This is a novel that is strong on atmosphere and interesting side characters--the crumbling pensioners in the equally disintegrating seaside resort are especially powerful. The plot, which deals with changelings, sometimes seems contrived, but ends up havng its own power.
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on March 29, 2001
This was my intro to the Richard Jury series and I liked it so much, I've read most of them in the space of 6 months (while reading plenty of other books too!) I found this particular mystery to be very well thought-out. Interesting characters, a solid plot, great dialog. It's not a bad place to start, if you don't want to start at the beginning.
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on March 7, 2015
A different editor might have changed the outcome of this book #6 in Martha Grimes series. It was a mishmash of characters that you can't remember how they got there or why. It's a puzzlement that all the scenes where Inspector Jury appears are successful. If the ensemble characters are on stage, you almost give up. Jury is a likable character, which saves the book as far as I'm concerned. Do you play snooker? After pages about games that are being played, you probably won't take it up. Too much of a good thing. All of a sudden the crime is solved, a character that confesses...what? why? In all this confusion, I underlined some nice pieces of writing, a great metaphor, a description, a detail. I'm willing to give Grimes another chance, but hope Jerusalem Inn is just a poor example of her work.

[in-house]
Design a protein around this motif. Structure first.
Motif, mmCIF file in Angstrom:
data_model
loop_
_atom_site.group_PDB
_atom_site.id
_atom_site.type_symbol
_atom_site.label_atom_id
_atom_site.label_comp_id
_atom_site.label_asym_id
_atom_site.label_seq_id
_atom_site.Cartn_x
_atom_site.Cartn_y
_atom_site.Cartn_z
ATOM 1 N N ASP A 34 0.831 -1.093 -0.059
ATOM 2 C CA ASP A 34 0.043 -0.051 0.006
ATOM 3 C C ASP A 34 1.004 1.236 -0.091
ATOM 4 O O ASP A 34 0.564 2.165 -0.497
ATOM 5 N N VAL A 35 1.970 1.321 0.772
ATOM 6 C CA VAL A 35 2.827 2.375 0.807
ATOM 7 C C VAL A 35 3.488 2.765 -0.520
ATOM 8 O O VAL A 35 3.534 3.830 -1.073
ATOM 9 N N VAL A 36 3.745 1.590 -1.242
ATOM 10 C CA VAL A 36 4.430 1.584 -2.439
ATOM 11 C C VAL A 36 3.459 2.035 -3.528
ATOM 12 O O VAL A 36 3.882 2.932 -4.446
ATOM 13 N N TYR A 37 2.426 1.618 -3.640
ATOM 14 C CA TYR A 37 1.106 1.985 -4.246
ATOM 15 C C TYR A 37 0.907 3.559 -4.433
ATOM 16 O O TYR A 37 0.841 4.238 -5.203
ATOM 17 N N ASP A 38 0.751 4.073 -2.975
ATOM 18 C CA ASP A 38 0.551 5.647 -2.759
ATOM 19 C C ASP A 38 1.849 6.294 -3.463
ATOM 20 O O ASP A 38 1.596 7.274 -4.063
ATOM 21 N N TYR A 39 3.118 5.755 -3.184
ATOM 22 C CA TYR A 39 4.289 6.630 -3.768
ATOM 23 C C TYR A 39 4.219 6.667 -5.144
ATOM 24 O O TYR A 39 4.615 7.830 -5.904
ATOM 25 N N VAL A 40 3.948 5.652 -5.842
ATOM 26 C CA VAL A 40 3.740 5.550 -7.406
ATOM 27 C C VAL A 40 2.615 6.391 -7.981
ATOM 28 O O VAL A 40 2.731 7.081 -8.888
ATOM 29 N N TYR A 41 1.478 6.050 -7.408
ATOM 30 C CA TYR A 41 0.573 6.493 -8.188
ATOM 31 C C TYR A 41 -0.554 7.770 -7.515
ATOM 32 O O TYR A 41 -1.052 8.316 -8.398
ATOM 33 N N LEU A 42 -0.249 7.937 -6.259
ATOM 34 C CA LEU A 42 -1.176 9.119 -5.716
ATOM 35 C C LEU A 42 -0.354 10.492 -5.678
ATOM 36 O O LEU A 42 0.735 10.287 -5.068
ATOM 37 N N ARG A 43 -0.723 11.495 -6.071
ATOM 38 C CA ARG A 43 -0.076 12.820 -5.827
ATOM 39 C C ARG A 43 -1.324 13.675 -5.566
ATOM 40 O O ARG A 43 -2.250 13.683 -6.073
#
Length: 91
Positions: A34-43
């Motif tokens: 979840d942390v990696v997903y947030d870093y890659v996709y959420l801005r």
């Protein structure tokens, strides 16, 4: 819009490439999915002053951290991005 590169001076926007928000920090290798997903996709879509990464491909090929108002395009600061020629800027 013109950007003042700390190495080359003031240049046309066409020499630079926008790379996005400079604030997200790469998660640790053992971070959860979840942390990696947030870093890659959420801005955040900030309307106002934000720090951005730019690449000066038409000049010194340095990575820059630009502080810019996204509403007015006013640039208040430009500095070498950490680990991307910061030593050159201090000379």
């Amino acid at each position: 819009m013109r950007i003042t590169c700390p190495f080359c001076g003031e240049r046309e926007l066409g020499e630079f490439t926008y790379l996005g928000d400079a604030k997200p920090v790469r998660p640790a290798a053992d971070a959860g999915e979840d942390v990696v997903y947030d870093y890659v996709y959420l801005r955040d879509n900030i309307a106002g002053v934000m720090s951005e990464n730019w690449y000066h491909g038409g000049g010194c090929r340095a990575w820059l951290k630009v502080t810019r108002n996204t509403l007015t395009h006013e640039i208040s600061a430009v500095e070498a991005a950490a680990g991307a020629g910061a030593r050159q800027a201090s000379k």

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on September 18, 2014
Superintendent Richard Jury of Scotland Yard seems to constantly be meeting beautiful women to whom he is instantly attracted, but the attraction never goes anywhere. The women never stick. That's true again in Jerusalem Inn, but at least this time the beautiful woman has a good reason for not pursuing a relationship. She's dead.

Jury meets the lovely Helen Minton in a snow-covered graveyard in the Newcastle village of Washington at Christmastime. He has taken days off to spend Christmas with his cousin's family in Newcastle-upon-Tyne, and, delaying the inevitability of their company on a afternoon, is taking a walk in the graveyard when he comes upon Helen. She seems unwell and he walks her back to her home and makes a date to have dinner with her. But, on the appointed day, when he goes to collect her at the Old Hall museum where she works, he finds the local police already there. Helen Minton has been discovered dead.

She had a heart condition and at first it appears that her death may have been due to natural causes, but a postmortem confirms that she was poisoned.

Jury sets off through the snowbound countryside to find her only known relative, a cousin who is in a nearby village. Meanwhile, his aristocratic frequent sidekick, Melrose Plant, is already headed for that same village, along with Aunt Agatha and Vivian Rivington, one of Jury's previous "beautiful women who didn't stick." Melrose, Agatha, and Vivian are going to a Christmas house party at a famous critic's house, along with a number of writers and artists.

Tensions are apparent from the beginning among the various house partiers, but who would ever guess that those tensions would end in murder? Well, only someone reading a Martha Grimes cozy mystery perhaps.